Why I No Longer Believe in NBC's "The Voice"

So it's been a hectic weekend. My loving and adorable boyfriend went to try out for The Voice in St. Louis. He was supposed to try out last season in NYC but ended up getting strep throat so bad that his uvula was sitting on the back of his tongue--so he didn't get to go.

So as soon as I checked their site and saw that they were auditioning again, I let him know and he signed up.

Now as many of you know, my boyfriend Donnie Smith is a local musician here in Charleston, West Virginia. There are not many who can hold a candle to him, vocally. Sorry, Charleston. Nothing against any of you guys; because he could out-sing over half of the finalists last season on The Voice. He's got a clear powerhouse tenor voice that is full of soul, it's not pitchy at all and his annunciation is perfection. You don't get a leading role in productions of Jesus Christ Superstar by being a bad singer, let's just say that.


          (L to R: Donnie Smith, Dylan Burkhammer)

Anyway, I digress.

My parents have become very big supporters of his music as well, and have been doing crazy amounts of word-of-mouth promotions for his career. So my parents, Donnie, our dogs and myself all piled into a rental car this weekend and set out to St. Louis.

We got there a day early so we could settle in and let my mom give us a tour or St. Louis and outlying cities, since she used to live in the area. We stayed in a nice hotel, swam, shopped, dined and relaxed as much as possible.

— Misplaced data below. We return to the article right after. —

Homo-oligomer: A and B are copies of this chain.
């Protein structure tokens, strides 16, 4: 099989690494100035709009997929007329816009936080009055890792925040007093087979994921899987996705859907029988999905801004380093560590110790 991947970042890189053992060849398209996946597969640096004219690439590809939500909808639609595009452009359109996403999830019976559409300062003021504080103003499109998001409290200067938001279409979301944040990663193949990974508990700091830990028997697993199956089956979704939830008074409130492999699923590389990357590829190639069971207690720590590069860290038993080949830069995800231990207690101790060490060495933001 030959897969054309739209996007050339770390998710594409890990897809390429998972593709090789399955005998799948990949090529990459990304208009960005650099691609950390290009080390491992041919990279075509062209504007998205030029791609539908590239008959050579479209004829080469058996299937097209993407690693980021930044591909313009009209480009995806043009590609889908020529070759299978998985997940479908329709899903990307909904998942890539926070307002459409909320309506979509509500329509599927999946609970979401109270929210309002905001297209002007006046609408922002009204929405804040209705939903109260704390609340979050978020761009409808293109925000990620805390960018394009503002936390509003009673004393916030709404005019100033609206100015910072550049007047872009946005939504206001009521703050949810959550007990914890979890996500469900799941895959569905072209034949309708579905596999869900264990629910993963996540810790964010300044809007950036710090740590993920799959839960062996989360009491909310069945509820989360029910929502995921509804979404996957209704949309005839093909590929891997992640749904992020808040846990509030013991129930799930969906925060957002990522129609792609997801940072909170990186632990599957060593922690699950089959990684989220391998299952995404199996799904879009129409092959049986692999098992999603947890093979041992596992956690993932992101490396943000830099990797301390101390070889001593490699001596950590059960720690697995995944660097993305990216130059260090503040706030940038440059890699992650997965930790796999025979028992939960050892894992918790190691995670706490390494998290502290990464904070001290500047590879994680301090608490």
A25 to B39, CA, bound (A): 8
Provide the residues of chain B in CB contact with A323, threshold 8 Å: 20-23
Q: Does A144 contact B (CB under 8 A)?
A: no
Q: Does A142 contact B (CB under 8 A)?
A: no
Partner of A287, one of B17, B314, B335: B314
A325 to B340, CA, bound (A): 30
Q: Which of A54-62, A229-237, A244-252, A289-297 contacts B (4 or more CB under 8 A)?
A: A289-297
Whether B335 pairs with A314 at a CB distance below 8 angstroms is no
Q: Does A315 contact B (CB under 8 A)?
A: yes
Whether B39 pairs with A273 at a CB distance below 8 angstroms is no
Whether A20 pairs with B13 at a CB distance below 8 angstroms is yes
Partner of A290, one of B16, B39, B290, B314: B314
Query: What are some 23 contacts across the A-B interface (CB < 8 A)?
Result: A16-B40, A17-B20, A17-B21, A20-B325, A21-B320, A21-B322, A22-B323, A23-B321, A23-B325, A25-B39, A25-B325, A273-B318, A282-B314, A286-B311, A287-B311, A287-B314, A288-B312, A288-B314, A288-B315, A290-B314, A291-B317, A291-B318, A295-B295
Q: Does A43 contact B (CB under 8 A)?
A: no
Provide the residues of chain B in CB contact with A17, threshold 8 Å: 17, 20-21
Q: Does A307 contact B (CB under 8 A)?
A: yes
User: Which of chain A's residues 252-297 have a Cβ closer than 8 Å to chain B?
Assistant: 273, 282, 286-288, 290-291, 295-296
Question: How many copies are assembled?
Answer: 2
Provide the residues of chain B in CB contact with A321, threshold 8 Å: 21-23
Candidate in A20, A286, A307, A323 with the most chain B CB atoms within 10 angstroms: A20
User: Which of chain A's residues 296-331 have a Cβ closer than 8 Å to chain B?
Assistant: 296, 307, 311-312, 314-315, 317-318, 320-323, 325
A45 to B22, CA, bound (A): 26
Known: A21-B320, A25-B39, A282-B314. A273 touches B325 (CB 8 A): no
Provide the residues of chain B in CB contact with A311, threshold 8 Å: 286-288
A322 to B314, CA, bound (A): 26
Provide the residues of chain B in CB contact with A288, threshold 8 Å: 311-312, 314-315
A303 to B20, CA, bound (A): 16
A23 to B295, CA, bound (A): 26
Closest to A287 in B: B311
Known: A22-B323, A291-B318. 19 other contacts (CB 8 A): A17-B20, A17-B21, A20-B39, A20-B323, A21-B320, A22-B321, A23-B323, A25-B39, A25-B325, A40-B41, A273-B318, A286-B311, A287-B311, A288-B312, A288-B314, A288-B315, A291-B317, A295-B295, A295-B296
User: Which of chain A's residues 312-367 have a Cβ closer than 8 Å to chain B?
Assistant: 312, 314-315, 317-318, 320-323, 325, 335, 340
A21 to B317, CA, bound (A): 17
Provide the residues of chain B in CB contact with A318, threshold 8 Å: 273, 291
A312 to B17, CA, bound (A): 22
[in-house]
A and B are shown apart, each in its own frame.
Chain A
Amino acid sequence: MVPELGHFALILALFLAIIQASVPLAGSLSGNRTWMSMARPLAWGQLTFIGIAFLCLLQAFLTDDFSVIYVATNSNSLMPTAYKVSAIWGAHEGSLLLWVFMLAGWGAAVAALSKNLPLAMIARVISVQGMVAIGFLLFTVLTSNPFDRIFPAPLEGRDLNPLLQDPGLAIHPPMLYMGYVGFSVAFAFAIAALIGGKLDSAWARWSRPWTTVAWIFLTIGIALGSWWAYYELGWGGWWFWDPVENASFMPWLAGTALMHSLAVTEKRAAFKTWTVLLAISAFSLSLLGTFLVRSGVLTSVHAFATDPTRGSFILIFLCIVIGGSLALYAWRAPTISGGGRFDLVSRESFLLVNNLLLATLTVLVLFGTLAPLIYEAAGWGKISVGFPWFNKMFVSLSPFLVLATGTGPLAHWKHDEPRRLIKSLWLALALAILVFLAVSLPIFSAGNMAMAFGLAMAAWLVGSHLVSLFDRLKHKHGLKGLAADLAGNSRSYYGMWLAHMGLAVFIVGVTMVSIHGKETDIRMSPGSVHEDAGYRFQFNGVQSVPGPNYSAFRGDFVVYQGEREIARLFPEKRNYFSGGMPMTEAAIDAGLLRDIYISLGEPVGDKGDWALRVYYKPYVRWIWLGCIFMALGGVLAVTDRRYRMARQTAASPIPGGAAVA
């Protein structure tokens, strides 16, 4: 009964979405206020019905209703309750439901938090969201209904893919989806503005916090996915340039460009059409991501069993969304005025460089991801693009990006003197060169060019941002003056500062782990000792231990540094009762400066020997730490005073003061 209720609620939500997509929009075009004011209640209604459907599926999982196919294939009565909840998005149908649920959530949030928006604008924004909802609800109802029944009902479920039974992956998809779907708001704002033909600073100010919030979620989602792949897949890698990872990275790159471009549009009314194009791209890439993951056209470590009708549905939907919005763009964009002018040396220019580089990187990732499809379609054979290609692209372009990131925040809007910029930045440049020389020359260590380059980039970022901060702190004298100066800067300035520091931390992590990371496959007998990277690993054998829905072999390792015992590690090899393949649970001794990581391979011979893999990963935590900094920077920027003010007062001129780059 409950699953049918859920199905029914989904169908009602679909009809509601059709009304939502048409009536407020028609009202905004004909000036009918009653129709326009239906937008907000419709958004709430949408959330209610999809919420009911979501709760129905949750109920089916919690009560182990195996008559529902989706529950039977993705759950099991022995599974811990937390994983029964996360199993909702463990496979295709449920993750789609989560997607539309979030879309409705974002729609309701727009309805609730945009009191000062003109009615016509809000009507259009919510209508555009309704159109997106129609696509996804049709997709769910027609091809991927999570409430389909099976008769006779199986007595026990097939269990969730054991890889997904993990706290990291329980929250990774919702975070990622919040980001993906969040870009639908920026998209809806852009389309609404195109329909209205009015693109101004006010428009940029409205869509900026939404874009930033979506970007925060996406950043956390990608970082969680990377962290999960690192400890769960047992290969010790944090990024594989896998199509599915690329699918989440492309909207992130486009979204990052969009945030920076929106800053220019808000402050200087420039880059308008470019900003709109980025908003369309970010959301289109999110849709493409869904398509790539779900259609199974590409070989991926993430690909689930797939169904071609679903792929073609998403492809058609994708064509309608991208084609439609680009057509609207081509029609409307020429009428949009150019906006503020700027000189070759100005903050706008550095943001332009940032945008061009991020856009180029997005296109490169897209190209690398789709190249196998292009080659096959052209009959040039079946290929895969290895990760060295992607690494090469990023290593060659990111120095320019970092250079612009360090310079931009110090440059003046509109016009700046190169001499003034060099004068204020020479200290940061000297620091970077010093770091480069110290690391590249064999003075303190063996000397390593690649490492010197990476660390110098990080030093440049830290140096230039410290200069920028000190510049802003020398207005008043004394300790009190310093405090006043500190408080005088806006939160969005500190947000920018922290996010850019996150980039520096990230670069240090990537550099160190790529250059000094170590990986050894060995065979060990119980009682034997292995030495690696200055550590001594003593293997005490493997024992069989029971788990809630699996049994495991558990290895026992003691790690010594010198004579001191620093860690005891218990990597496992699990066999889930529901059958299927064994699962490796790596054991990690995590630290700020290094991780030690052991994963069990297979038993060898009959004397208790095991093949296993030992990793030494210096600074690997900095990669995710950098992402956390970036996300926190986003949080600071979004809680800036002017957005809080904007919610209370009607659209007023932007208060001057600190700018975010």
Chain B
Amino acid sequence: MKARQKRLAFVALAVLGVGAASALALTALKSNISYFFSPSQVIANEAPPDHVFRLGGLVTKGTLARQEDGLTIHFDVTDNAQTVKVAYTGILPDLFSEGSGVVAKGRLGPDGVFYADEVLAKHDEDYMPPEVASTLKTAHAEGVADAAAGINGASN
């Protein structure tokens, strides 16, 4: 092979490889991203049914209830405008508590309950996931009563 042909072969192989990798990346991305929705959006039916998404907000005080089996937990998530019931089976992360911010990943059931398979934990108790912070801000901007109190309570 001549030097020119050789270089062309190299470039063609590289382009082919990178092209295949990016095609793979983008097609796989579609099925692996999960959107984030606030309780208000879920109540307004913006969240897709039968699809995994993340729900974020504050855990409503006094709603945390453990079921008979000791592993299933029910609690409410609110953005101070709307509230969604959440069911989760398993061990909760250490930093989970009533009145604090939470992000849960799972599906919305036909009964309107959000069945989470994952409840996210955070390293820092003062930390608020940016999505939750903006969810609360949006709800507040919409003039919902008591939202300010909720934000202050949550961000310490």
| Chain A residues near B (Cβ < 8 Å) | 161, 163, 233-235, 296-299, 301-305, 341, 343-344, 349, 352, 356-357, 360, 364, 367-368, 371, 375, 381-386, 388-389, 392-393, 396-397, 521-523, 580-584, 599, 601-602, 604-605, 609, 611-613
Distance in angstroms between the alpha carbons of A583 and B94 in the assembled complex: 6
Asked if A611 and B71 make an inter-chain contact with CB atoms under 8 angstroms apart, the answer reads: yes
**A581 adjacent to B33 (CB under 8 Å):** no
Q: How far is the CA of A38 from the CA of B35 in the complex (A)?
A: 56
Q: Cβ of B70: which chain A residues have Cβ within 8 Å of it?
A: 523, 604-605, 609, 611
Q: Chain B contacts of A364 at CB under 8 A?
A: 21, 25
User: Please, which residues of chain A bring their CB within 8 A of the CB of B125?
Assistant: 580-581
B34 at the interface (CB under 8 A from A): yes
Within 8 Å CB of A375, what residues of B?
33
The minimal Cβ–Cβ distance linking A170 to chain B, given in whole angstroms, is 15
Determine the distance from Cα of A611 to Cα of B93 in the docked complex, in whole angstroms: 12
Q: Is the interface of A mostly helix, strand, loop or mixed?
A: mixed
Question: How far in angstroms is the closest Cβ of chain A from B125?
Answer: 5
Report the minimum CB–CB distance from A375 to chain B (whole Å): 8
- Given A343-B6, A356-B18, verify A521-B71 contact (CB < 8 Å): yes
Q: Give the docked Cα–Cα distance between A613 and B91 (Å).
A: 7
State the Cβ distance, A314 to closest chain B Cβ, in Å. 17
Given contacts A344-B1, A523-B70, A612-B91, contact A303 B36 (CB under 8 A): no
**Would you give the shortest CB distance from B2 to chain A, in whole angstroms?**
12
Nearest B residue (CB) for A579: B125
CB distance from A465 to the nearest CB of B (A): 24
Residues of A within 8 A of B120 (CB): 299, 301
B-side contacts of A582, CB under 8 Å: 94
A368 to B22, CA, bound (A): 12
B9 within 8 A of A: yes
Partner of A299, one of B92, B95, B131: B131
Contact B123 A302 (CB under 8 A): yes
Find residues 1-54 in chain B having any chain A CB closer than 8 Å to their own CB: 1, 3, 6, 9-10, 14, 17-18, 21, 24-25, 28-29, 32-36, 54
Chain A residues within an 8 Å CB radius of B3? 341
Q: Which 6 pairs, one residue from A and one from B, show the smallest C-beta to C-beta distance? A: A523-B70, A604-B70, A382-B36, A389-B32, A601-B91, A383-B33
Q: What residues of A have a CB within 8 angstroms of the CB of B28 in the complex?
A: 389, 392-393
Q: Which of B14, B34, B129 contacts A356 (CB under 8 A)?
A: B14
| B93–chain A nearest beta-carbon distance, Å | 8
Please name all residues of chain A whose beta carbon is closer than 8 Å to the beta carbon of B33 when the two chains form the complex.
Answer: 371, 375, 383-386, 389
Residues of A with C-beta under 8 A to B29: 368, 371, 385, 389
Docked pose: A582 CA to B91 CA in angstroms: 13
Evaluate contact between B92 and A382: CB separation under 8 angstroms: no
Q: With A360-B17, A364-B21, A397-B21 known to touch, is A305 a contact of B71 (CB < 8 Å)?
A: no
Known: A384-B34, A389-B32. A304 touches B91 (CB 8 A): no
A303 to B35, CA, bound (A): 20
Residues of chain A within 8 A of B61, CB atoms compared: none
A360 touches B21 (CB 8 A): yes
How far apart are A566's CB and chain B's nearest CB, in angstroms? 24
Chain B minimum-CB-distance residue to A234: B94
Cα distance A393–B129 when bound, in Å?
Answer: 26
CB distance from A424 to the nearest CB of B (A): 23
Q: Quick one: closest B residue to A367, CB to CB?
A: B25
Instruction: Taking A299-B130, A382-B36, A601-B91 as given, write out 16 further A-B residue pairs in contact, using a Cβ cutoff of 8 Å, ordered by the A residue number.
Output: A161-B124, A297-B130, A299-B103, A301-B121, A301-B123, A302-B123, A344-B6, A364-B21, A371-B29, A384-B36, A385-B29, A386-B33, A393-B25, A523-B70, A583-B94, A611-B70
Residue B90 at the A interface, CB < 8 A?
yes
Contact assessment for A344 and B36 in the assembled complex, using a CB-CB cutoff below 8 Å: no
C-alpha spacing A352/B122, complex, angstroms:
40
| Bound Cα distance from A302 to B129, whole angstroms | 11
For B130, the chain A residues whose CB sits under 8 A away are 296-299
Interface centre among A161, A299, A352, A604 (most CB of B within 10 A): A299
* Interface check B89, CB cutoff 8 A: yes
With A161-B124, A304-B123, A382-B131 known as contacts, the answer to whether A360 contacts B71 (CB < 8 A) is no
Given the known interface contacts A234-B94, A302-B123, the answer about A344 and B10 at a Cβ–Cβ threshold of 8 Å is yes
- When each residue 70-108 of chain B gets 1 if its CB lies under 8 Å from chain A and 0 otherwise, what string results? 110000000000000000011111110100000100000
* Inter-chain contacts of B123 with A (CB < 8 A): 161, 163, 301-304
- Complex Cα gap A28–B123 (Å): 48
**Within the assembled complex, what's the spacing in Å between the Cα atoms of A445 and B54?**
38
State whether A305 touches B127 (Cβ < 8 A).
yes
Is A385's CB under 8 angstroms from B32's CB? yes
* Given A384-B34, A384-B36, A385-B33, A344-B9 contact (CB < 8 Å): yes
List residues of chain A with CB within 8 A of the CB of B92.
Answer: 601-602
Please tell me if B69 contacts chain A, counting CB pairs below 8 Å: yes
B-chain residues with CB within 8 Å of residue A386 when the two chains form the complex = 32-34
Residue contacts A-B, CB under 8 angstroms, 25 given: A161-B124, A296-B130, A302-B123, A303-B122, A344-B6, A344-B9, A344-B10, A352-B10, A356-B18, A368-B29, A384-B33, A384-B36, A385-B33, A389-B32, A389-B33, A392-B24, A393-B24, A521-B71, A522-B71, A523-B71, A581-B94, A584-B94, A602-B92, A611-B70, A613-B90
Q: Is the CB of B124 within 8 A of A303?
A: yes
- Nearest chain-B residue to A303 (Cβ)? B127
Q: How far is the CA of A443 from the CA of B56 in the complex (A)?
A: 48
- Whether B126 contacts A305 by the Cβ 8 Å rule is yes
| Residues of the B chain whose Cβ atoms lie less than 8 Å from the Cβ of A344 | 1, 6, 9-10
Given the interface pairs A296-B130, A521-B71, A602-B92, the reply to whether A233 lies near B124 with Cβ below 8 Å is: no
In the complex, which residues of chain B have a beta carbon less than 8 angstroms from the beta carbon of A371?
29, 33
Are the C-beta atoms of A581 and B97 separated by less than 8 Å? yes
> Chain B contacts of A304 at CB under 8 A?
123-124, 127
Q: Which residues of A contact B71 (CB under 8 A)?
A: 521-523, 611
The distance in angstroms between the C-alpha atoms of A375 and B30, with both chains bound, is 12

The morning before the audition, my parents told Donnie that the country-hipster girl who won by a hair last season had just been on the news. She gave out different information than The Voice's guidelines did. The guidelines stated that he needed two 30 second acapella pieces ready. The Danielle Bradbury girl stated that you needed three full acapella songs prepared.

And the nerves began.

A day before the auditions and we're getting new information. So Donnie spends the rest of the night trying to figure out three full songs to do acapella in case he needs them instead...

So, the day of the auditions is finally upon on. We pack up everything in the hotel, get in the car and head downtown. There's a nervous silence in the car until it was parked. We get to the St. Louis University campus, park nearby and head over. It was only like 11:45am and the audition wasn't until 2pm, but Donnie went inside to be in the front of the line.

We stood outside, walked the dogs, sat around and people started really piling in around 1pm. There were people from all walks of life, but even before his audition started I already began noticing a trend of the turn-aways. They were mostly dressed like country artists.. cowboy boots and hats, jeans, dresses with denim vests, etc. Most everyone I saw with a red card looked like they just walked out of a Maroon 5 concert. Skinny jeans and bad personalities.

So then I began to wonder; is The Voice laying off country music since Blake Shelton has "won" three years in a row? Which, I think is ridiculous. As far as coaches go (last season) Usher was the only coach who actually HELPED his people. Usher made his people box while they sang so they could control their breathing. Who takes someone to karaoke to prepare for an ACTUAL singing competition? Blake Shelton.

Hell, even my parents don't know much about being a vocalist, but they could coach better than Blake Shelton.